Meet Talli…in her own words—
Talli, why did you become a teacher?
At a young age, I knew that I wanted to do something that would give me an important purpose in life, something that would make me feel like I mattered and made a difference. Teaching was it! It has been an amazing adventure ever since.
Was there ever time when you ever felt like “throwing in the towel?” If yes, please share the circumstances surrounding the decision and what made you decide to stay.
My first year of teaching was a major challenge almost every day. I cried. I stressed. I couldn’t figure out if it was because of something I was doing wrong that was keeping me from reaching them, or if it was because they were a rough group of kids and there was little hope for them. It took me months of trial and error before I realized that it was my lack of consistency as an educator for my failure. I learned that every child can learn but it was up to me to figure out how to teach them. In the end, I probably learned more than they did. I stayed because people like you and others told me it would get better and how we all have had these same experiences.
What’s been your biggest challenge in this profession? Do you feel like your pre-service training adequately prepared for you for life in the classroom?
The biggest challenge is probably making sure that I am reaching every child, every day and having the necessary tools to do so. While that may seem like an impossible goal to reach, it is my goal, nonetheless. Being a substitute teacher for so many years really did help me gain the skills that aren’t taught in college. Some things that are needed to be an effective, successful teacher can’t be learned from books. They are learned by stepping into the classroom and going for it.
You are a beginning teacher who took part in mentoring and now you are approaching your 4th year. Research says that this is the time when many beginning teachers begin to make some tough choices about remaining in the profession. Why have you stayed?
Yes, I am going into my 4th year as a teacher and being a part of the mentoring program was a life-saver! I was able to share my frustrations and realize that they were other teacher’s frustrations, too. You saved me almost every day of the week! You and the other mentors help me navigate. I listened to your wisdom and soaked up every word. You are a big part of my professional AND my personal life.
Is there anything principals, school districts or even veteran teachers should be doing or can do to help beginning teachers stay in the profession? In other words, what more should be done to help first year teachers stay in our profession? As a profession, what should we be doing? Are we doing enough?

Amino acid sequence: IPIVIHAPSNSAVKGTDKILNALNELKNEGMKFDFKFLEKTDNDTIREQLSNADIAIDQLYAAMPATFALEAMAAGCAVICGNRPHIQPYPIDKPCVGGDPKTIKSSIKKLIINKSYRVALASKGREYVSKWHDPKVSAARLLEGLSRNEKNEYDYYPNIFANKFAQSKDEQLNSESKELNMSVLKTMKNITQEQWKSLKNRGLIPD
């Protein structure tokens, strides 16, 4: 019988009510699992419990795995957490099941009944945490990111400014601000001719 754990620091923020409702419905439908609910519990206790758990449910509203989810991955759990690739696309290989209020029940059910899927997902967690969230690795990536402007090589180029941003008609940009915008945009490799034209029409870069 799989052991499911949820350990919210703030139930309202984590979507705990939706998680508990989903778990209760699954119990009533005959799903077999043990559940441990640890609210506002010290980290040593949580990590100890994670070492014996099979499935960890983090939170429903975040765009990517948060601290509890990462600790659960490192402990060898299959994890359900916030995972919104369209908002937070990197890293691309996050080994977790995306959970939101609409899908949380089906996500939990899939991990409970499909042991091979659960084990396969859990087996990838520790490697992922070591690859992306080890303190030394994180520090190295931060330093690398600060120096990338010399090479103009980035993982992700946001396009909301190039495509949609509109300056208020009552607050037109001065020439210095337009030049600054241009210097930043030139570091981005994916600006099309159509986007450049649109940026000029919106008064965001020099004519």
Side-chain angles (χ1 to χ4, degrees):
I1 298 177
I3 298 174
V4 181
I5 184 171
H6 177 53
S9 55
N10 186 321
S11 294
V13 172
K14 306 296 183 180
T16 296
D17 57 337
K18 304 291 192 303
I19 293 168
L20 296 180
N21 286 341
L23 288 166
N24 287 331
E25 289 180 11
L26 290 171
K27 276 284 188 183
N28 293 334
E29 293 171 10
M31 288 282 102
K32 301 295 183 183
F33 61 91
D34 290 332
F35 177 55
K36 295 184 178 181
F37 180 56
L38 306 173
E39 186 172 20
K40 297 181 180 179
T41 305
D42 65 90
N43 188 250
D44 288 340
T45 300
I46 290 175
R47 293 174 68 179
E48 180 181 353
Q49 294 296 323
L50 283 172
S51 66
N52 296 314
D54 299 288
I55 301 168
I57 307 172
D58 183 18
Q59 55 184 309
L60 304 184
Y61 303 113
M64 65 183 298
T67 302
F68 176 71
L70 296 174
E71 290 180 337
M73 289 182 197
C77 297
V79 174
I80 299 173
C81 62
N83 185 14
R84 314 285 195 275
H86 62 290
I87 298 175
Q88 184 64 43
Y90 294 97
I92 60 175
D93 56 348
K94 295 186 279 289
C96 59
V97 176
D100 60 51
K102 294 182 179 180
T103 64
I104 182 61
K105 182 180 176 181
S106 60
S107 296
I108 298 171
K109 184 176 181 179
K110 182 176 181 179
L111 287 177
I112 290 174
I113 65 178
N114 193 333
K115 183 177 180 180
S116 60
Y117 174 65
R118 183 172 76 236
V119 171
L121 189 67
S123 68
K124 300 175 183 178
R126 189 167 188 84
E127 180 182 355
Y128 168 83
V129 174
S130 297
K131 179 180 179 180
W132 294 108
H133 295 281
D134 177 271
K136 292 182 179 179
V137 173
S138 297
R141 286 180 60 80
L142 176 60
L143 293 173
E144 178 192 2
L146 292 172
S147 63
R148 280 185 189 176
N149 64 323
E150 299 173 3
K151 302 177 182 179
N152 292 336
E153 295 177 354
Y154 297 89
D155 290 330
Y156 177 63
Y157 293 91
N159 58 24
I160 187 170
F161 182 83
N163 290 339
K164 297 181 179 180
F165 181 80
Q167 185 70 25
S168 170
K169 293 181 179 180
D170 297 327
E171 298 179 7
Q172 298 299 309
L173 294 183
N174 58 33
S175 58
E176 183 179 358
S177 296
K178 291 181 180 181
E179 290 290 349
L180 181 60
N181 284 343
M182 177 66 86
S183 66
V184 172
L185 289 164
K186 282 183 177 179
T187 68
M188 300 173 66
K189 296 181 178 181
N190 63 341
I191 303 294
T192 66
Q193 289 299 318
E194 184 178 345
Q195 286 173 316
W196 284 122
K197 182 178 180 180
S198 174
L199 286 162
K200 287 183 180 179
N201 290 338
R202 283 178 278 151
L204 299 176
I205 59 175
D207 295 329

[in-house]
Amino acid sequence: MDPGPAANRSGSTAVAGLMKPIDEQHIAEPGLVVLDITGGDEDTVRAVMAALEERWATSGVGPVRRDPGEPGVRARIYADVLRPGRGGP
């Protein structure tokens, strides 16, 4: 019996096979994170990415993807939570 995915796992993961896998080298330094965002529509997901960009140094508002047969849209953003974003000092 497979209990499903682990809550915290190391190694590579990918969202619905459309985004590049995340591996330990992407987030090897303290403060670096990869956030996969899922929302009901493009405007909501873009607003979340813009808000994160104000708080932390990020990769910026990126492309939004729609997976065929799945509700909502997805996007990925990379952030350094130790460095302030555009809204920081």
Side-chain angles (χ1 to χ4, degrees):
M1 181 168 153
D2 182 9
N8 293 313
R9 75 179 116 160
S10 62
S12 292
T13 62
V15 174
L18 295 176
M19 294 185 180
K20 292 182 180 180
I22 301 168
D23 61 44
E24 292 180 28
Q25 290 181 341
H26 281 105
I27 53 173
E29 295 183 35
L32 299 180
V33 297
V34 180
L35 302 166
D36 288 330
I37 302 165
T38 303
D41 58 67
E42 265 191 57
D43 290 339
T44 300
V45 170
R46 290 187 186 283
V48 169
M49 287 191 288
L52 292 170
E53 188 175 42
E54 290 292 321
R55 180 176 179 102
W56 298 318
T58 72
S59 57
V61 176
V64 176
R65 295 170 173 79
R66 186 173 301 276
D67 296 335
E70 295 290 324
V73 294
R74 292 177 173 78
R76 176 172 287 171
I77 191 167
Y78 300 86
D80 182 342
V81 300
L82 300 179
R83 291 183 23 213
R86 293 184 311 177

Constant communication and constant support really is key. Without that, along with my love of public education, I would not have survived my first year. There are always things that can be done better. I have been very lucky to have such supportive friends and highly knowledgeable administration on this campus. It really helps that our campus administration were all teachers so they have ‘been there, done that’. Don’t even get me started on our state, however!!!!
Do you feel like you are making an impact in this profession and your voice is being heard?
I have had my moments of doubting the importance of my opinion in this district. However, it is key to communicate those doubts to the right people rather than just the teacher next door. While being able to express and share with friends, discussing your opinion with the right people that can really help with any issues is what matters. We all have an important voice. It just needs to be heard by the right people.
What advice would you give beginning teachers just coming into the profession?
If I could give any advice to a new teacher, it would be to be consistent with your expectations and develop a trusting relationship with each and every one of your students. Let them learn who you are and learn to see them for their differences as well as their similarities. Laugh with your students. Learn with your students. Admit fault when you need to. Humor and Humility are very important character traits to have when teaching middle school students.
As we pack up for the summer, and reflect on the school year, think about the impact you may have made on the life of a new teacher. Talli’s responses show the importance of building positive, nurturing relationships with our beginning teachers; we have to reach out to them and show them we care. You may be the very reason why a teacher decides to return next year. We also have to awaken the “sleeping giant” in all of us. Many of us had quite a challenging school year; some of you may be contemplating if you should return to the classroom next year. However, as you reflect on your journey as a teacher, I would like you to think about this short but very powerful quote—
“I am not a teacher, but an awakener.”-Robert Frost
Teachers are important to every community on our planet. We contribute to each aspect of society and our influence touches all lives! Never forget how much you are needed and appreciated
YOU MATTER!! HAVE A WONDERFUL SUMMER BREAK!!!